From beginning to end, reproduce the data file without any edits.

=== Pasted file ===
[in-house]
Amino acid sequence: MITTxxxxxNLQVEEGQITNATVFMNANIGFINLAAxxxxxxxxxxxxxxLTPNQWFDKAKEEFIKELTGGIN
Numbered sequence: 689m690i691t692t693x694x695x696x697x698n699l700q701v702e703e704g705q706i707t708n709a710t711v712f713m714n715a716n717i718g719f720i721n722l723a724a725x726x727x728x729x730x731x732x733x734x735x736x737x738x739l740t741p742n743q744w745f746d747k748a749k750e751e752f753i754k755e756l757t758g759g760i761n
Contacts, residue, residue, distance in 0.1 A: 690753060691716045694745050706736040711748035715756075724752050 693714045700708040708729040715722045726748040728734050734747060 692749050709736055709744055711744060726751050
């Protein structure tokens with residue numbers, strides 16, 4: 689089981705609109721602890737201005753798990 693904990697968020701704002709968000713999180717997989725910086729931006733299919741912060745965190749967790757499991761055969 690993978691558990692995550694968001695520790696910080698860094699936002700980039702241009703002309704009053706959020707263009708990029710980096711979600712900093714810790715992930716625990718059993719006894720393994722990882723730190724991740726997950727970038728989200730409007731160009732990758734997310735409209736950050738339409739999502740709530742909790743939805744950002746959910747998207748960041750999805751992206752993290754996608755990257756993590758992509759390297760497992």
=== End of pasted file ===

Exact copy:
[in-house]
Amino acid sequence: MITTxxxxxNLQVEEGQITNATVFMNANIGFINLAAxxxxxxxxxxxxxxLTPNQWFDKAKEEFIKELTGGIN
Numbered sequence: 689m690i691t692t693x694x695x696x697x698n699l700q701v702e703e704g705q706i707t708n709a710t711v712f713m714n715a716n717i718g719f720i721n722l723a724a725x726x727x728x729x730x731x732x733x734x735x736x737x738x739l740t741p742n743q744w745f746d747k748a749k750e751e752f753i754k755e756l757t758g759g760i761n
Contacts, residue, residue, distance in 0.1 A: 690753060691716045694745050706736040711748035715756075724752050 693714045700708040708729040715722045726748040728734050734747060 692749050709736055709744055711744060726751050
């Protein structure tokens with residue numbers, strides 16, 4: 689089981705609109721602890737201005753798990 693904990697968020701704002709968000713999180717997989725910086729931006733299919741912060745965190749967790757499991761055969 690993978691558990692995550694968001695520790696910080698860094699936002700980039702241009703002309704009053706959020707263009708990029710980096711979600712900093714810790715992930716625990718059993719006894720393994722990882723730190724991740726997950727970038728989200730409007731160009732990758734997310735409209736950050738339409739999502740709530742909790743939805744950002746959910747998207748960041750999805751992206752993290754996608755990257756993590758992509759390297760497992």